I’ve railed endlessly about the epidemic rise in psychiatric illness in this country that has resulted in one out of every four Americans being diagnosed with a mental illness. With the publication of the new Diagnostic and Statistical Manual of Mental Illnesses (DSM V) my guess is it will soon be one out of every two. These are not really diseases as we understand them (we don’t know what causes them, how they’re transmitted, and why treatment is so often ineffective), they are just symptom clusters we have labeled as diseases.

This epidemic is in no small part the result of direct to consumer advertising by pharmaceutical companies in collusion with the psychiatric profession, to convince people that if they are feeling anything other than wonderful in every moment, that they could be suffering from a disease. These diseases can of course be treated with pills (usually more than one, they often don’t work, and come with potentially serious side-effects).

We must stop ‘psychopathologizing’ the symptomatic manifestations that are the expectable ups and downs of life, and perpetuating the myth that there is a pill for whatever ails you. Instead we need to make it easier to talk to someone who is credible, will listen to you, maybe even offer some new perspectives or help you see a new ending to your story.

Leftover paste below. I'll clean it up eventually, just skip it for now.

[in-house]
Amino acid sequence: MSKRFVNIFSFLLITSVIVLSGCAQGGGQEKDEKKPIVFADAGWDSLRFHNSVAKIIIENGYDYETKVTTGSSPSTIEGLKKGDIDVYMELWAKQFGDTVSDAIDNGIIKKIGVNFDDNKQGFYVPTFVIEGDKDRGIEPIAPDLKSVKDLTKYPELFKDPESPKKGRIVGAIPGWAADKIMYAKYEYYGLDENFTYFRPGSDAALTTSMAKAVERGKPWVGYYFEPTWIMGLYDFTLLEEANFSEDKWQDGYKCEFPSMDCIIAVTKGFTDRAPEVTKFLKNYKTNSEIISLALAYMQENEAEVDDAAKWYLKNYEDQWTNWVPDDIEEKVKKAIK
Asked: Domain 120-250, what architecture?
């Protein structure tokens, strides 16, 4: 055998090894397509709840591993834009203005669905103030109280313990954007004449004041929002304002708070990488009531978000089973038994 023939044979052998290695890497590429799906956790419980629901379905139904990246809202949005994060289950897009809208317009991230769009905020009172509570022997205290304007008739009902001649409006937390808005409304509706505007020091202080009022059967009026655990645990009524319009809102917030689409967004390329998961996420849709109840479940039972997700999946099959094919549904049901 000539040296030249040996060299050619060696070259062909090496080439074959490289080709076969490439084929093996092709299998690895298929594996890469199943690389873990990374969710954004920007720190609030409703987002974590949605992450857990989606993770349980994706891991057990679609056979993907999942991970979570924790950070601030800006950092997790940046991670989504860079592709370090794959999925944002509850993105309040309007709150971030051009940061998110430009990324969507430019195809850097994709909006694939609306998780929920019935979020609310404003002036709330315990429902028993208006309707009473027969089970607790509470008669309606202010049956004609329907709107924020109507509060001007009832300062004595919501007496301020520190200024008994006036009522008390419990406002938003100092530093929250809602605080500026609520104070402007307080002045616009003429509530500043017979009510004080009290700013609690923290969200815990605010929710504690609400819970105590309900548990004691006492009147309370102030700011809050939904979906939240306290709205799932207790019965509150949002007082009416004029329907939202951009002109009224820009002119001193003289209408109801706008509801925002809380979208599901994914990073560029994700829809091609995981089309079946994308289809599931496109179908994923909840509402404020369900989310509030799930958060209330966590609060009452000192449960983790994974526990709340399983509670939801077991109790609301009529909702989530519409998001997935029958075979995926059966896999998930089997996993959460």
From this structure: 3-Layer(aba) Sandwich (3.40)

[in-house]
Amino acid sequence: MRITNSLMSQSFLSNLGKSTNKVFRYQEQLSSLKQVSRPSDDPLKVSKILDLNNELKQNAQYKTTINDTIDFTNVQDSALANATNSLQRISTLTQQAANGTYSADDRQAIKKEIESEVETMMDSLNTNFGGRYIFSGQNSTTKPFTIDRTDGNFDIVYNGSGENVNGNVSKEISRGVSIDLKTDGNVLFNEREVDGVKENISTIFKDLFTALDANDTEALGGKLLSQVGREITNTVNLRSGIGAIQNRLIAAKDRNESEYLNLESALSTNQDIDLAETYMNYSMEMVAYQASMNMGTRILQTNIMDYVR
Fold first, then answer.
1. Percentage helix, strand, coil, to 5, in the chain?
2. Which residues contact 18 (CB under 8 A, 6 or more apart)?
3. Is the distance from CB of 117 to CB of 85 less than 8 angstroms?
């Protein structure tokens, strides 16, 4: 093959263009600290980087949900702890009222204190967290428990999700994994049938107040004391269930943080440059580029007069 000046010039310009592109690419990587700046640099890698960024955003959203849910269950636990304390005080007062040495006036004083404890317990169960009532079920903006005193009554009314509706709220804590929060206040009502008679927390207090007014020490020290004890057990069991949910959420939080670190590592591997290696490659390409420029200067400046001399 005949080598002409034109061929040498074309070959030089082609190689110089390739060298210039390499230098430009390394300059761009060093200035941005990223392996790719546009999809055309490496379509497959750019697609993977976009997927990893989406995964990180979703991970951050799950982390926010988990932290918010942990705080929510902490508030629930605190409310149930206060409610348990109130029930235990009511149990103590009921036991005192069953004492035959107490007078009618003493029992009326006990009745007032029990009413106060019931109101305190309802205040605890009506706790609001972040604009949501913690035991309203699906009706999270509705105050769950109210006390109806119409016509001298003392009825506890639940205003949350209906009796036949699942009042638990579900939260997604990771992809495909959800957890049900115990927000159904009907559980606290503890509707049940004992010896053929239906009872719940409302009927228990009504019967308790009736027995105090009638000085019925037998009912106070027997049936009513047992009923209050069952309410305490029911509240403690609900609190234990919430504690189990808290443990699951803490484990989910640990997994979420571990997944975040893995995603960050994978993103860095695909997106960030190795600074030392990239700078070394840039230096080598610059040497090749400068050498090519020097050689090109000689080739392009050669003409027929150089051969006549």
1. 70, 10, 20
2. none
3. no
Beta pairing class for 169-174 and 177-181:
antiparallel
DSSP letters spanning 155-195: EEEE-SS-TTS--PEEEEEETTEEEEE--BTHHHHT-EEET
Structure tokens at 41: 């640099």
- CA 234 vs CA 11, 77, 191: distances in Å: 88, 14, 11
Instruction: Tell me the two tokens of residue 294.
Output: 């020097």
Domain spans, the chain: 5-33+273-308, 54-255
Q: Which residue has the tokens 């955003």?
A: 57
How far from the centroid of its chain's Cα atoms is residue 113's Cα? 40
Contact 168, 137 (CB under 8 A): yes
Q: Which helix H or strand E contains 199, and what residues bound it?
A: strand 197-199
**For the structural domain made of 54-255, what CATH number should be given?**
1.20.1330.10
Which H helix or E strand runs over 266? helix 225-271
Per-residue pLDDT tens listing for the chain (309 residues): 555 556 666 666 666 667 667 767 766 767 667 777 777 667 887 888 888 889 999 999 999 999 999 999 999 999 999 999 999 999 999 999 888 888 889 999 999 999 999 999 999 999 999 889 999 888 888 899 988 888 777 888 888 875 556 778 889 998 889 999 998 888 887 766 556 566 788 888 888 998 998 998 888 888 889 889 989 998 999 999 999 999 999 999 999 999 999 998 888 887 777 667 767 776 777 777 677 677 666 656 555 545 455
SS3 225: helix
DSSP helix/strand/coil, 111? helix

I spoke in Aspen a few weeks ago at the invitation of the Aspen Hope Center (http://www.aspenhopecenter.org), where they are actualizing a community-based mental health program. Aspen is a spectacularly scenic venue in the Colorado Rockies whose 5,000 permanent residents become 25,000 at the height of their tourist seasons. The Aspen Valley has a high suicide rate; last year they had four such deaths. Two years ago the Hope Center began as a volunteer suicide hotline, now it has clinicians available 24/7, and the staff has integrated their work with police and sheriff departments, ambulances, lawyers, business leaders and local nonprofits. The Center has added outpatient follow-up in addition to crisis intervention services, and are teaching prevention programs in schools, churches and local agencies.

This is the future of healthcare, we heal better in community with lots of people working toward the same goal, and it actually makes a good outcome more likely. Our connections remind us that we are not alone in the world, they inspire our hope, and hope is the opiate of humanity.

P.S. If you’d like to watch the Aspen presentation in it’s entirety go to http://www.grassrootstv.org/view?showID=12854